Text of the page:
I usually shy away from giving a list of tools that we use because people have their particular tool preferences and are sometimes indignant in considering others. However, I realize it’s helpful for people to understand the tool landscape when it comes to Continuous Delivery in the Cloud just so they know where to start looking. After reading my Continuous Integration book, this is often the most common question I get from readers.
I want to say up front that I’m not advocating the use of any of these tools, just that we’ve used some of the tools or investigated when creating Continuous Delivery systems. I’m sure some of the tools that we use on a daily basis won’t make it to this list.
The precise toolset a team may choose to use depends upon numerous factors including project, cost and customer constraints – to name a few. Therefore, I suggest that you focus more on the type of tool and determine which one meets their particular needs for their Continuous Delivery ecosystem. Just because I’m not mentioning a particular tool doesn’t mean I’m not using it or that I don’t think it’s a good tool; these are meant to be illustrative. We tend to focus more on freely-available tools because people can download and use them quickly. There are good reasons to choose commercial tools. As implied before, you don’t need to be using all of these tools to get significant benefit from Continuous Delivery. Start small and build it up. I’ve listed some of the tools in each category for the Java, .NET and Ruby platforms. Since, we lean heavily toward Cloud tools, you’ll see that we opt for the SaaS-based tools, when applicable. Let me know if your preferred tool didn’t make the list. Ok, there’s my disclaimer. On with the list:
Application Containers – JBoss, Tomcat, IIS, Mongrel. NOTE: there are so many app containers, I’m not going to try to list all of them.
Build Tools – Ant, AntContrib, NAnt, MSBuild, Buildr, Gant, Gradle, make, Maven, Rake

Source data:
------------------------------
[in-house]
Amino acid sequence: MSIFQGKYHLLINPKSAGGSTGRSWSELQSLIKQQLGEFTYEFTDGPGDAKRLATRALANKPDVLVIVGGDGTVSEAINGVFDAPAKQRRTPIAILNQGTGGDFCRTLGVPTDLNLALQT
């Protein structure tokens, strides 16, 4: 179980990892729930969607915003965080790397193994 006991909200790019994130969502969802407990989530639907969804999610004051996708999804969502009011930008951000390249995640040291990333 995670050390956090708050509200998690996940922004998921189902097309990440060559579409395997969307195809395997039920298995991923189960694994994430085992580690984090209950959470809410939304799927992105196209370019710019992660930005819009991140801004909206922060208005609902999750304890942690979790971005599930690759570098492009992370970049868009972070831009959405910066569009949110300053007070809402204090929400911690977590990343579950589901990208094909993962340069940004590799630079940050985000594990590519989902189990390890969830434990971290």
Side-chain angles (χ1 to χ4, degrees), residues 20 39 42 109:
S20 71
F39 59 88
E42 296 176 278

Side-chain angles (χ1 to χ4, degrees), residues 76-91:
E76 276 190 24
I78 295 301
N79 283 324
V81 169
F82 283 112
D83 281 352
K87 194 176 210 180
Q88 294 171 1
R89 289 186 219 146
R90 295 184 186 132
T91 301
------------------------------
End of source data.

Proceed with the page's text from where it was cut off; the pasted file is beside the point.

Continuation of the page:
Code Review – Crucible
Code Insight – Fisheye
Continuous Integration – Bamboo, CodeShip, Jenkins, AntHill Pro, Go, TeamCity, TFS 2010
Cloud IaaS – AWS EC2, AWS S3 , Windows Azure
Cloud PaaS – Google App Engine, AWS Elastic Beanstalk, Heroku
Database – Hibernate, MySQL, Liquibase, Oracle, PostgreSQL, SQL Server, SimpleDB, SQL Azure, Ant, MongoDB
Database Change Management – dbdeploy, Liquibase
Infrastructure Automation – Capistrano, Cobbler, BMC Bladelogic, CFEngine, IBM Tivoli Provisioning Manager, Puppet, Chef, Bcfg2, AWS Cloud Formation, Windows Azure AppFabric NOTE: There are many names and overlap for this tool “category”.
Dependency Management – Ivy, Archiva, Nexus, Artifactory, Bundler
Deployment Automation – Java Secure Channel, ControlTier, Altiris, Capistrano, Fabric, Func
Information Sharing – Confluence, Google Apps
Installer – InstallShield, IzPack
Integrated Development Environment (IDE) – Eclipse, IDEA, Visual Studio
Issue Tracking – Greenhopper, JIRA
Multi-Type – rPath
Passwords – PassPack, PasswordSafe
Protected Configuration – ESCAPE, ConfigGen
Project Management – JIRA, Pivotal Tracker, SmartSheet
Provisioning – JEOS, BoxGrinder, CLIP, Eucalyptus, AppLogic
Reporting/Documentation – Doxygen, Grand, GraphViz, JavaDoc, NDoc, SchemaSpy, UmlGraph
Static Analysis – CheckStyle, Clover, Cobertura, FindBugs, FxCop, JavaNCSS, JDepend, PMD, Sonar, Simian
Systems Monitoring – CloudKick, Nagios, Zabbix, Zenoss
Testing – AntUnit, Cucumber, DbUnit, webrat, easyb, Fitnesse, JMeter, JUnit, NBehave, SoapUI, Selenium, RSpec, SauceLabs
Version-Control System – SVN/Subversion, git, Perforce
Resource Management – Cloud Custodian